The Financial Services Authority announced today that "relevant communications made with, sent from or received on mobile phones and other handheld devices must be recorded and stored for six months." The new rule is expected to cost banks at least 10,000 pounds ($16,000) per phone, per year, which they are none too pleased about, especially given the pointlessness of the exercise. Is the UK regulator aware of the fact that if someone wants to insider trade, they're gonna find a way, regardless of their work phone being tapped (like, for instance, using a personal phone or meeting in person to trade hot tips) and that the only thing they're going to determine from these calls is which banks employ the highest number of bondage and clown fetishists? Yes, and they don't care.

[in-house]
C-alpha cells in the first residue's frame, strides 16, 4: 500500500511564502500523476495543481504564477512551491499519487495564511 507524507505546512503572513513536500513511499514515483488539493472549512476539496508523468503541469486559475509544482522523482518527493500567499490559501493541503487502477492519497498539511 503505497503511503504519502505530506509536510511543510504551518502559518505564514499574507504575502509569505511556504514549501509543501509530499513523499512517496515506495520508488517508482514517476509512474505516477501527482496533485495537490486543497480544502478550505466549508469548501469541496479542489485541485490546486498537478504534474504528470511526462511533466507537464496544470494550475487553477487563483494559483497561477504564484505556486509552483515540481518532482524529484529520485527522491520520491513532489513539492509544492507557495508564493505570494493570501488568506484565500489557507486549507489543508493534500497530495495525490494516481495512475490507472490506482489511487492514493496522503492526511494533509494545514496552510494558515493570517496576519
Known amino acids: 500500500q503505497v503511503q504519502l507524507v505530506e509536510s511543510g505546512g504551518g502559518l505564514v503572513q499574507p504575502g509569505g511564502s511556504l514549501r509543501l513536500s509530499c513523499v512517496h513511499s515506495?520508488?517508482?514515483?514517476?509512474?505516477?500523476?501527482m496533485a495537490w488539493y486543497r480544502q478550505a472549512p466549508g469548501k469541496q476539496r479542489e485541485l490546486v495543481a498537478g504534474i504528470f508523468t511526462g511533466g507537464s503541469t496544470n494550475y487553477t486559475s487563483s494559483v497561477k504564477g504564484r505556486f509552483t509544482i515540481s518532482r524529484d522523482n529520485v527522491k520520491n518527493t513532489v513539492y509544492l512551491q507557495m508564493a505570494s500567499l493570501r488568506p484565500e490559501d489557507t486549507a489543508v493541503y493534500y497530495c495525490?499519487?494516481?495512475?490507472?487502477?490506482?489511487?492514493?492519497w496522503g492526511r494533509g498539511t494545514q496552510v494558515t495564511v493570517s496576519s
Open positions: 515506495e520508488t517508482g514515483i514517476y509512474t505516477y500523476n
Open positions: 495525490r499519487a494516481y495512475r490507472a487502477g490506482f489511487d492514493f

One investment bank told the FSA that it would cost 500,000 pounds monitor the calls of 50 users. Another global investment bank said the cost of recording BlackBerrys issued to front- office staff would be more than 2.6 million pounds a year, the FSA said.
“Many respondents’ argued that the benefits will not materialize as a result of individuals circumventing the rules,” the FSA said today. “It is true that determined and inventive individuals will always find ways to evade the rule. It is our contention that by having as comprehensive a taping regime as possible we limit the scope or temptation for employees to infringe the market abuse rules on fixed or mobile lines which are not taped.”